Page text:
Would you use it?
China’s trend of sharing just about everything - bikes, phone chargers, umbrellas, cars and even clothes - has gone one step further, with shareable make-up booths spreading around the nation. Founded by beauty brand, 17 Beauty, the booths, named the “17 Beauty Box”, have been popping up in shopping centres across Shanghai, Beijing and the rest of China.
Marketed as an affordable way for consumers to use expensive make-up, one use of the booth costs just 8 yuan (around 90p) for a 15-minute make-up session. Once inside the pink cubicle, you can expect full-on privacy as the glass doors turn opaque and a cabinet opens to reveal over £400 worth of high-end make-up.
However, with the latest booth opening in Eastern Wuhan, the discussion around the controversy of the service has been reignited following the first installations earlier in the year, with many taking to China’s Twitter equivalent, Sina Weibo, and their personal blogs to question whether sharing make-up with a stranger is hygienic. Although there are cleaning products available for customers to sanitise the products before and after each use, is it enough to rely on everyone to do this?
Commenting on the situation, one booth user told the Pear Video website "lipstick, for example, lots of people will use - that's not very hygienic," with another adding, "cosmetics are personal items, I can't really accept this."
Talking to South China Morning Post, dermatologist Dr Steven Loo King-fan believes that the booths offer a more sanitary environment for on the go make-up, compared to public toilets, but highlights the health risks of sharing products with others: “staphylococcus aureus is the most common skin infection. When someone carrying these bacteria uses a brush to apply make-up, the bacteria will get transferred to the make-up container where it will grow.”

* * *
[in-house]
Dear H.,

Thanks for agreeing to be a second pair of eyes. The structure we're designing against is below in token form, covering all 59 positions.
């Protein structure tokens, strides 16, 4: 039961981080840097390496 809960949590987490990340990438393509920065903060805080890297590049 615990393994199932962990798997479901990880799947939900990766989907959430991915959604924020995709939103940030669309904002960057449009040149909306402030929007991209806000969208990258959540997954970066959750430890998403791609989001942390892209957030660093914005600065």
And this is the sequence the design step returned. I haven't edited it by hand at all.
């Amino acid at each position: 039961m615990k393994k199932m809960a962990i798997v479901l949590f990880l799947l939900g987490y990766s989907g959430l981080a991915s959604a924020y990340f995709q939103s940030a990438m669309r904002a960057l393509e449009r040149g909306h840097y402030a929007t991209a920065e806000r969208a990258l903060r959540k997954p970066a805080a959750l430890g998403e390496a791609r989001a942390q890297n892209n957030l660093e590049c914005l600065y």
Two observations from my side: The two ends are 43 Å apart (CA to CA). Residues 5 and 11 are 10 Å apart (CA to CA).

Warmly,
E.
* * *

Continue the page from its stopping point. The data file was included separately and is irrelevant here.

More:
With concern around bacteria and skin conditions growing, 17 Beauty responded explaining how make-up is fixed to the booths’ counters so that customers can’t directly apply products to their faces. They also added that disposable applicators are available and ask that customers use a new brush with each application so that international hygiene standards are met. This means every dab into bronzer and every dip into lip gloss should be done with a new disposable applicator. Cleanly, yes, but is this wasteful?
There’s no doubt that the idea of a sharing economy is a good, one that many Western countries have borrowed from - think Santander Cycles and ZipCars - with the trend giving people access to shared luxuries and also reducing negative environmental impacts. Sharing make-up, however, is still up for debate.